Well-meaning as Fry’s and Turnbull’s interventions undoubtedly were, they won’t have made a jot of positive difference. In March, a large UK study confirmed findings from two previous trials: screening men by measuring PSA doesn’t actually result in any lives being saved, and exposes patients to harm by detecting many prostate cancers – which are often then treated aggressively – that would never have gone on to cause any symptoms.

This, then, is the backdrop for the recent declaration of “war on prostate cancer” by Theresa May. She announced £75m to fund research into developing an effective screening test and refining treatments. Leaving aside the headline-grabbing opportunism, the prospect of additional resources being dedicated to prostate cancer research is welcome.

One of the reasons breast cancer has dropped below prostate cancer in the mortality rankings is a huge investment in breast cancer research that has led to dramatic improvements in survival rates. This is an effect both of earlier detection through screening, and improved treatment outcomes. A similar effort directed towards prostate cancer will undoubtedly achieve similar results.

The reason breast cancer research has been far better resourced to date must be in part because the disease all too often affects women at a relatively young age – frequently when they have dependent children, and ought to have many decades of life to look forward to. So many family tragedies have been caused by breast malignancy. Prostate cancer, by contrast, while it does affect some men in midlife, is predominantly a disease of older age. We are more sanguine about a condition that typically comes at the end of a good innings. As such, prostate cancer research has struggled to achieve anything like the funding momentum that breast cancer research has enjoyed. May’s £75m will go some way to redressing the balance.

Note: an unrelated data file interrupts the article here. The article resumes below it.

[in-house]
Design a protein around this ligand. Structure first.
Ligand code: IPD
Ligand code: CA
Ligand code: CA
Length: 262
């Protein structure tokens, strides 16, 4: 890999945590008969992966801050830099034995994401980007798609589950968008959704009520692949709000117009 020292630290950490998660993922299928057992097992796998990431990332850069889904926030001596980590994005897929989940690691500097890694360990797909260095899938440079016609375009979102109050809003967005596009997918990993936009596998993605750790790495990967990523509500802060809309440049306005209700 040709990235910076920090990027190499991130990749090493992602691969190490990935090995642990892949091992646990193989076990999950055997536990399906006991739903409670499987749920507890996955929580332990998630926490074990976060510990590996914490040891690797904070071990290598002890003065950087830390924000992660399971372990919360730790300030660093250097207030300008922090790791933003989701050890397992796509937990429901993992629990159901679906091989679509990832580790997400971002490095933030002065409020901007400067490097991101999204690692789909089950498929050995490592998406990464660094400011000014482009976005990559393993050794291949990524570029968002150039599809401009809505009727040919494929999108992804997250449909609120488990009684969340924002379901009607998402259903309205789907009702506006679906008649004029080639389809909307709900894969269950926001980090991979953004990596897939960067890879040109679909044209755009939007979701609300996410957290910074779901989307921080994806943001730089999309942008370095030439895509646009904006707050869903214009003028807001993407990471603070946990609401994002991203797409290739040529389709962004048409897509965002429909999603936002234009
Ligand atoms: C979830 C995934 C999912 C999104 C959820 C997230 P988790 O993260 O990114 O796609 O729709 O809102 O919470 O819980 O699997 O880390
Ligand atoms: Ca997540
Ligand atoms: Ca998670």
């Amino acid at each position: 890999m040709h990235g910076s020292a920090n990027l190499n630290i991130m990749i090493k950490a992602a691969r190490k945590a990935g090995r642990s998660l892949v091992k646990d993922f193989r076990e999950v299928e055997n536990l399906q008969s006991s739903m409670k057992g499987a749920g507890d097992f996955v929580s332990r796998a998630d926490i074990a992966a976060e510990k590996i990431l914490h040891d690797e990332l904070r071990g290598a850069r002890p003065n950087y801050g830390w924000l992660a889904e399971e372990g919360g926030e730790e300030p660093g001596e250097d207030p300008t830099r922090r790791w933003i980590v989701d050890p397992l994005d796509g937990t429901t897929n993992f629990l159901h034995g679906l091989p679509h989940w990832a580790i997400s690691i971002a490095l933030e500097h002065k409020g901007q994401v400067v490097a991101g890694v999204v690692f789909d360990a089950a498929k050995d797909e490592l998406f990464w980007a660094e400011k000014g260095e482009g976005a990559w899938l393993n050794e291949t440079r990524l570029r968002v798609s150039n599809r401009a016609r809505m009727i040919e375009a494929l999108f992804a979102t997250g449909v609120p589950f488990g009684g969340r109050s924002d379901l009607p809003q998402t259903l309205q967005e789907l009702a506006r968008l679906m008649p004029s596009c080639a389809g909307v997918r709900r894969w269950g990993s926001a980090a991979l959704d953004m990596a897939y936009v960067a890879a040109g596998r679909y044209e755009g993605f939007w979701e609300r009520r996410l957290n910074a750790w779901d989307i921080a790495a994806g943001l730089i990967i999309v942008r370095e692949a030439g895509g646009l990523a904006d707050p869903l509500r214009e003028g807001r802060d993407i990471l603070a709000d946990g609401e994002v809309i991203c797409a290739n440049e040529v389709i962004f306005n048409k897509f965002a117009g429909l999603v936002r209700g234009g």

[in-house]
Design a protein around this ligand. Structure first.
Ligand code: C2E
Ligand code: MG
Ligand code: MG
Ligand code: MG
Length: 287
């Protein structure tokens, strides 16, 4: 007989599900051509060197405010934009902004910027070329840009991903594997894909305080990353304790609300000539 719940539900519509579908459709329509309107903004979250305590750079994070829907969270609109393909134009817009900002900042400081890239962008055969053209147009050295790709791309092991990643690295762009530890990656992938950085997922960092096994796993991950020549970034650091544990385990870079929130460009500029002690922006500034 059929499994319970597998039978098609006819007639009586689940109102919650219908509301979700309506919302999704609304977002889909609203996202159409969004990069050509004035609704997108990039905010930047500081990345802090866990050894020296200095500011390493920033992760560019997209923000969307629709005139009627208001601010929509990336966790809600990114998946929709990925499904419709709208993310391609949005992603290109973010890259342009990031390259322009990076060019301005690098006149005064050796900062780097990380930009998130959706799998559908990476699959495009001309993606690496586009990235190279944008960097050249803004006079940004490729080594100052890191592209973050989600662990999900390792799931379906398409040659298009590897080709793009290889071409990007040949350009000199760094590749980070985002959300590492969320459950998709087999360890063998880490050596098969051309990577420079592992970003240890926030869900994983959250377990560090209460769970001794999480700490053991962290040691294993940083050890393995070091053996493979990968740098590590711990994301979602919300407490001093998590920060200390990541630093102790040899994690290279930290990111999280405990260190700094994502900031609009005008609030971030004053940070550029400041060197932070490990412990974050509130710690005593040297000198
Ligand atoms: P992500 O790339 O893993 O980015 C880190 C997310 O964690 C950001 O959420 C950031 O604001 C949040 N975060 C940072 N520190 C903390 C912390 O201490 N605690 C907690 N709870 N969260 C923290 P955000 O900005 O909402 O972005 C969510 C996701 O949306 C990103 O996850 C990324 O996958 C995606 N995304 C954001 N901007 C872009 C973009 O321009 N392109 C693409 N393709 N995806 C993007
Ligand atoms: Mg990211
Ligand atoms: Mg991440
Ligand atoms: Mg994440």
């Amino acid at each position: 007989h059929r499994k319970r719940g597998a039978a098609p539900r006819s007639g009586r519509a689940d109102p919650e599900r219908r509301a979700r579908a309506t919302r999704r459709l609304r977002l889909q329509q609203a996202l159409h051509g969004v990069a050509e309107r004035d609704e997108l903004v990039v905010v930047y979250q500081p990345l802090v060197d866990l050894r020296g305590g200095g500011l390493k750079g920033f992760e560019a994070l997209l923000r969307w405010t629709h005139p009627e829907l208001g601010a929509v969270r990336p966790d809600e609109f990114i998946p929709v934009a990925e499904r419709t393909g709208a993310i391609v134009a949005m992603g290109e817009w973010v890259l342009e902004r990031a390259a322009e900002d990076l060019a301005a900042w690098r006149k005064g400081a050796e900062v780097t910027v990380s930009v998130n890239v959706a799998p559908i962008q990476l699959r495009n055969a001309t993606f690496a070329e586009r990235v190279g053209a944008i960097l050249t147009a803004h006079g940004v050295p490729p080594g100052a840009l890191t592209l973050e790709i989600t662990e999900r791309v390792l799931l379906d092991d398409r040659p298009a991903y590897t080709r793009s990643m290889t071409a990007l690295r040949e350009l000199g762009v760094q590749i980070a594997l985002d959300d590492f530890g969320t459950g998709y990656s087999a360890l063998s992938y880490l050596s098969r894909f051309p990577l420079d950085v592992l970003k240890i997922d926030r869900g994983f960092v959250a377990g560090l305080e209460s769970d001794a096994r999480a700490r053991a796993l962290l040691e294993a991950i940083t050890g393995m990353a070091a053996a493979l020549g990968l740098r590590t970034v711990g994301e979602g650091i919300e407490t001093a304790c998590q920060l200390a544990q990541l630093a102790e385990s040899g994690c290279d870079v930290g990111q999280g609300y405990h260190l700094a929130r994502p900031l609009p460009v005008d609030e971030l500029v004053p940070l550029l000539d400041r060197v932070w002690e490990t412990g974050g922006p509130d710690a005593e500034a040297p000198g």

In March, another important men’s health campaign was launched: Project 84, commissioned by the charity Calm. Featuring 84 haunting life-size human sculptures by American artist Mark Jenkins, displayed on the rooftops of ITV’s London studios, the project aims to raise awareness of male suicide. Each week in the UK, 84 men kill themselves – three times the number of women. Suicide is the leading cause of male death under 45 – men who frequently have dependent children, and should have many decades of life to look forward to. So many family tragedies.

I well remember the stigma around cancer when I was growing up in the 1970s: people hardly dared breathe the word lest they became in some way tainted. Now we go on fun runs and wear pink ribbons to help beat the disease. We need a similar shift in attitudes to mental health, so that it becomes something people are comfortable talking about. This is gradually happening, particularly among women. But we could do with May declaring war on male suicide, and funding research into the reasons why so many men kill themselves, and why they don’t seem to access help that might just save their lives. 

Phil Whitaker’s sixth novel, “You”, is published by Salt

This article first appeared in the 18 April 2018 issue of the New Statesman, Enoch Powell’s revenge